The city’s resolution asks the Department of Homeland Security to extend the Temporary Protected Status (TPS) program until 2019. ~Photo by Claudia Ferro

By Jordan Deschenes

The Board of Aldermen unanimously approved a resolution last week that called for the Department of Homeland Security to ensure the extension the Temporary Protected Status (TPS) program until 2019.

The document stated that the TPS program is “very much at risk” as in the wake of the Trump administration’s immigration enforcement policies.

A TPS is a specially designated immigration status that grants protection from deportation to foreign nationals who cannot safely return to their home countries. The resolution will be sent to State Representative Michael Capuano and Senators Ed Markey and Elizabeth Warren to help further discussion in Washington.

“This is a question of fairness and equity. The country was founded on immigration and immigrants built this country. As a grandson of Irish immigrants, this is a situation where we’ve lost our moral compass,” said Ward 3 Alderman Robert McWatters.

“We need to let the immigrant population in this country know that we support them and support their families, and that they are the fabric of our community.”

According to BOA President William White, the special status – which was introduced as a result of the Immigration Act of 1990 – drew widespread attention in recent years as a result of the 2010 Haitian earthquake that killed over 300,000 people.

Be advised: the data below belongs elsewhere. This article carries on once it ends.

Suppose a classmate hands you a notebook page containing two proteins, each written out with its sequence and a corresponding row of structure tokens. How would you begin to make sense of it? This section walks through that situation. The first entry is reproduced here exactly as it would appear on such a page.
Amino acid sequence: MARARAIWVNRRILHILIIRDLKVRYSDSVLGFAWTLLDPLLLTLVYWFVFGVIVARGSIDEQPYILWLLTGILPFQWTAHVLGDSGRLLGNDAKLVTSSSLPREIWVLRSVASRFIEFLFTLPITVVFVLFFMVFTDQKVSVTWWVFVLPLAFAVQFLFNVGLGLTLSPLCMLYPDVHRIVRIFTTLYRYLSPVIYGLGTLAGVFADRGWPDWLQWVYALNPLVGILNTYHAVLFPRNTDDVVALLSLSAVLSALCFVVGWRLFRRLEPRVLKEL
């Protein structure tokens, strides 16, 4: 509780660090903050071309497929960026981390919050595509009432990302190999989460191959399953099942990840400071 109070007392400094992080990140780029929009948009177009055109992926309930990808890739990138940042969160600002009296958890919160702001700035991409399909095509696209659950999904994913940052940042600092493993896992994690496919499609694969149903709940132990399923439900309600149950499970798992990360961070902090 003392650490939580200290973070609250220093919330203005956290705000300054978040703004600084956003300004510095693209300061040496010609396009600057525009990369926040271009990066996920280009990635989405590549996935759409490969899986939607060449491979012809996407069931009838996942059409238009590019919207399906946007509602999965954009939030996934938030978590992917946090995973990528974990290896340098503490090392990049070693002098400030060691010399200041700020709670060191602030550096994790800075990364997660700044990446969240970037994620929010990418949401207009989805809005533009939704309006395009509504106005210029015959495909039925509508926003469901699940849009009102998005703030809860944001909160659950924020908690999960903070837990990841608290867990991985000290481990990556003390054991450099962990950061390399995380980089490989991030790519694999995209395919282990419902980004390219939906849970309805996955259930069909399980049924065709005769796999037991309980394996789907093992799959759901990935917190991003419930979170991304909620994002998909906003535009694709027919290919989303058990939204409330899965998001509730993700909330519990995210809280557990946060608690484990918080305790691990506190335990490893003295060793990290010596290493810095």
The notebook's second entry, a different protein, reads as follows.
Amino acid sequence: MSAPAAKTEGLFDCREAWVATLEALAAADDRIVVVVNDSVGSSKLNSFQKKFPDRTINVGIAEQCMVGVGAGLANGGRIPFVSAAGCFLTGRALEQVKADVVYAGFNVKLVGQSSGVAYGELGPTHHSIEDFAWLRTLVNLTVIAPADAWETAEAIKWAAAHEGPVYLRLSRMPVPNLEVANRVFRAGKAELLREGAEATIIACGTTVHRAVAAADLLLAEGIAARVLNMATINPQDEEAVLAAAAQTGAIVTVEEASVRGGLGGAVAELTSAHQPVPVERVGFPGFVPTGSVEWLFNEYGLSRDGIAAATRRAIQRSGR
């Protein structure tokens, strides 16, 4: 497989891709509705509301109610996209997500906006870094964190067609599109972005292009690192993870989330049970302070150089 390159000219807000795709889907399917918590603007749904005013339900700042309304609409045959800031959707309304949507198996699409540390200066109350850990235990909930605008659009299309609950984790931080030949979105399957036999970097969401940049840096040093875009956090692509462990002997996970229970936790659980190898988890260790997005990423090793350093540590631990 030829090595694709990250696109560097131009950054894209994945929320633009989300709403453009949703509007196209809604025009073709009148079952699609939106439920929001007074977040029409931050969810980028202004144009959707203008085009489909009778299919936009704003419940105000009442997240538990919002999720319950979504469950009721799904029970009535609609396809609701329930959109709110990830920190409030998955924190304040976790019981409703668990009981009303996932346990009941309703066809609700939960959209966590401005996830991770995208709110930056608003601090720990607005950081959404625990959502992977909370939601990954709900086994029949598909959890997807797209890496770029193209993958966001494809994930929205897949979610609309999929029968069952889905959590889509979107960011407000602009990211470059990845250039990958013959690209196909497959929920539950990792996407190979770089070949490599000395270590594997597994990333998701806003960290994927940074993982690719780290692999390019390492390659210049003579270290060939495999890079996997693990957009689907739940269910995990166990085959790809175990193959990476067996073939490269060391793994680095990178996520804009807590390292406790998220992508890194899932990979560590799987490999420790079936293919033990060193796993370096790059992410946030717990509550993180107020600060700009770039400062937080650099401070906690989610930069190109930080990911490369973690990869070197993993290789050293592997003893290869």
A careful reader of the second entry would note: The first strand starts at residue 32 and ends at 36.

TPS statuses are also granted to residents from nine other countries, most recently including Yemen, Nepal, and Syria. The Obama administration removed a federal “safety net” for the program to ensure that recipients find long-term employment. Consequently, TPS holders have been forced to work harder to support themselves.

“Folks should not be a position where this program is suddenly ended and they’re forced to be deported from their homes. Because they are actually here and employed, they contribute to social security and Medicare, for instance,” said White.
President White further acknowledged a large group of audience members whose countries of origin lie in war-torn regions of Central America such as El Salvador, Honduras, and Nicaragua. Several community members from the group were invited to speak about their experiences with the TPS.

Elizabeth, a legalized citizen and Somerville resident, stated that she has been living in the city for twenty-one years. Along with her husband – who has been granted a TPS – Montes has two children, both boys. Currently, the couple’s eldest son is planning on studying at UMass Boston to be a forensic detective.

“I am very scared because if my husband is deported, my kids will not be able to continue studying and he is an important part of our family,” said a Spanish translator speaking on her behalf. “This isn’t just (about) my kids: it’s also thousands of others – and so I thank you for your support.”

Also present were members of Centro Presente, a statewide Latino rights organization based in East Boston, although it was formerly located in Somerville. Members of the organization were also invited to speak before the Board.

According to Patricia Montes, Executive Director of Centro Presente, the organization helps over 600 people renew their TPS per year – many of whom live in Somerville and are from Central America. Montes stressed that many immigrants who hold a TPS have been lawful residents in the United States for many years and have been paying taxes.